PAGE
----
Architectures for Good Software Testing – Part Five (Production Environment)

Finally found a home.

Finally found a home.

The Production environment must be considered “sacred”. If the previous processes have been conducted thoughtfully and with a huge amount of dedication and hard work, the application that finds its home in production should make work easier for the end user. It must be remembered that the end user pays the bills. The value the application adds to the end users work is a direct reflection of your quality assurance efforts. Wikipedia has the best explanation of software testing I can find. Here is a quote.

Software testing can be stated as the process of validating and verifying that a computer program/application/product:

  • meets the requirements that guided its design and development,
  • works as expected,
  • can be implemented with the same characteristics,
  • and satisfies the needs of stakeholders.

No application is deployed without bugs. The perfect software test would require a knowledge of all the possible ways an end user will engage with the application. Since this cannot be known, having a well rounded and ever expanding set of test scripts is the best way to reduce errors to a minimum. Understanding that there will be system deficiencies caused by unintentional design, coding or environmental errors (bugs) a strong customer support process must be in place to identify, confirm and report issues. It takes cross departmental effort to create, but also support and maintain software.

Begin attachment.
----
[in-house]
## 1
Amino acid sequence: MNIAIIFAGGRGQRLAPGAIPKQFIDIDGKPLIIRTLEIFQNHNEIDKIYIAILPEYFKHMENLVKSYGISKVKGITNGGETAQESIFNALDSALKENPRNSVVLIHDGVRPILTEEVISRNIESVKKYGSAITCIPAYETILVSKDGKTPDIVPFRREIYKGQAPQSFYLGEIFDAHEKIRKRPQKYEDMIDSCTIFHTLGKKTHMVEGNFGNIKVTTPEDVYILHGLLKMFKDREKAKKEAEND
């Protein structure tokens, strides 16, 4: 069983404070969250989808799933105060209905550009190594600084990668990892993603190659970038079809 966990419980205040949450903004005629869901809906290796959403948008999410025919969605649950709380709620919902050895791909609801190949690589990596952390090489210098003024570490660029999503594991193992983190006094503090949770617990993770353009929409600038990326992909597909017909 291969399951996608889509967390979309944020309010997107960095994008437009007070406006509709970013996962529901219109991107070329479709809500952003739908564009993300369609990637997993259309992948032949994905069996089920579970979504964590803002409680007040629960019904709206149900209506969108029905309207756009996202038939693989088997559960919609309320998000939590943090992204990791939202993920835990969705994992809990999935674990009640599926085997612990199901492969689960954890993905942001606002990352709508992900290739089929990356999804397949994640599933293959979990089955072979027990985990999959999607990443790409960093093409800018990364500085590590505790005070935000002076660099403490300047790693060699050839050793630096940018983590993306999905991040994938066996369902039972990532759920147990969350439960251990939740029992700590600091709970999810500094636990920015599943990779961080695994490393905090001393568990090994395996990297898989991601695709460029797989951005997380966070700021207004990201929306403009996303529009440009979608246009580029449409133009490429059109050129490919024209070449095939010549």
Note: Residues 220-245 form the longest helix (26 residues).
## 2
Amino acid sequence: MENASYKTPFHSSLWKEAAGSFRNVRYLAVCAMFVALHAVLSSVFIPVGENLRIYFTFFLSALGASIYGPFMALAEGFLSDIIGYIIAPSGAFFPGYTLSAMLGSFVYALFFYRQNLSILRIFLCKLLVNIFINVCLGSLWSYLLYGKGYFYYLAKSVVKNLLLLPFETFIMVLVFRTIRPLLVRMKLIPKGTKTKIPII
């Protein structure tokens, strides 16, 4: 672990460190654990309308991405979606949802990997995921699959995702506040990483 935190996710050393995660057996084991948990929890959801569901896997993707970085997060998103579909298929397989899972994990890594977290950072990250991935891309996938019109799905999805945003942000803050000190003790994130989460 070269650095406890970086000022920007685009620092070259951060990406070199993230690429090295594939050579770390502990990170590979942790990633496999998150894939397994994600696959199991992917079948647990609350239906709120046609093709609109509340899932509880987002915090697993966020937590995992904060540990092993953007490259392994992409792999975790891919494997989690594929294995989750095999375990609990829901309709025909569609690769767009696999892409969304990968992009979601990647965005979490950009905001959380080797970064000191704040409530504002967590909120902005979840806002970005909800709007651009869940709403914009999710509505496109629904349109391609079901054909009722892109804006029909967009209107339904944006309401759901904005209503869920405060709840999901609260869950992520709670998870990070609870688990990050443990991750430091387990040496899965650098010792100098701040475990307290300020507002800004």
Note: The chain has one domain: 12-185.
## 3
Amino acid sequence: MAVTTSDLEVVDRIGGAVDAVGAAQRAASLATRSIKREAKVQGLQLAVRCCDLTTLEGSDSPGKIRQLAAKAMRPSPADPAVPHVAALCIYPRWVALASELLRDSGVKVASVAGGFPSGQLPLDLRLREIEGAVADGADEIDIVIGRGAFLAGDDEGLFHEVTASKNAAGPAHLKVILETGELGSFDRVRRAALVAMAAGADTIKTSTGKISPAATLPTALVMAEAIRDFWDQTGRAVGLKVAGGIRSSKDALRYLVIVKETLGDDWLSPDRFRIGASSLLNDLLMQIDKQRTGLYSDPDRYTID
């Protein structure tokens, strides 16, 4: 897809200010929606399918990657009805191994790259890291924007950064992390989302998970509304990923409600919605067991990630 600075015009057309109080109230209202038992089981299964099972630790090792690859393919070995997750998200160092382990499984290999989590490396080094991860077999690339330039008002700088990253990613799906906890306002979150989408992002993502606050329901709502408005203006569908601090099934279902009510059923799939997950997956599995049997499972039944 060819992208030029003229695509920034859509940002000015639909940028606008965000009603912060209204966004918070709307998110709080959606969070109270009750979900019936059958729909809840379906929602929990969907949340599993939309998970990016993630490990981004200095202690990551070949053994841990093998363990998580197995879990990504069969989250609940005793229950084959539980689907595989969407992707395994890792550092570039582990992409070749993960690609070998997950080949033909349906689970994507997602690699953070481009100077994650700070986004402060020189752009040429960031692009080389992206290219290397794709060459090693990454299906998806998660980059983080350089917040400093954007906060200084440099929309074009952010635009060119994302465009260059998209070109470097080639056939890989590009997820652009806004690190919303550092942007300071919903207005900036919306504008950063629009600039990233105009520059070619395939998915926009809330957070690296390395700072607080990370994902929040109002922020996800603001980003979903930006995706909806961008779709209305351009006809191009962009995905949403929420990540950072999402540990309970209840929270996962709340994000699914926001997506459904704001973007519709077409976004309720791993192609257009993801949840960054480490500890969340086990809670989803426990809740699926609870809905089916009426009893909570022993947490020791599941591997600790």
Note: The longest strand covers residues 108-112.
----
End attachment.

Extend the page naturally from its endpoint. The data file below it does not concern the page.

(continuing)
We now find ourselves where we started; that is forming consensus. Software is not developed, tested and used in a vacuum. Consensus is the engine that drives the development of applications that add and retain value. This agreement must exist at all stages of the process. Input from customers, developers, operations and customer support members as well as sales and finance is vital. I find the quality of an application is more impacted by the quality of the consensus than any other factor. The quality assurance manager can architect the best environments, tests and plans, but if consensus does not exist even the best intentions will remain unfulfilled.

In the past I have shunned meetings as much as possible. At the same time I wondered why my efforts as quality assurance manager were not being understood. Meetings offer an opportunity to understand the goals and concerns of each department impacted by the software under test. Empathic decisions lead to consensus and consensus leads to better software and ultimately stronger businesses and possibly exciting new business opportunities.

Further resources (books that helped me form these thoughts)

Click here for guidelines to planning software quality assurance projects.

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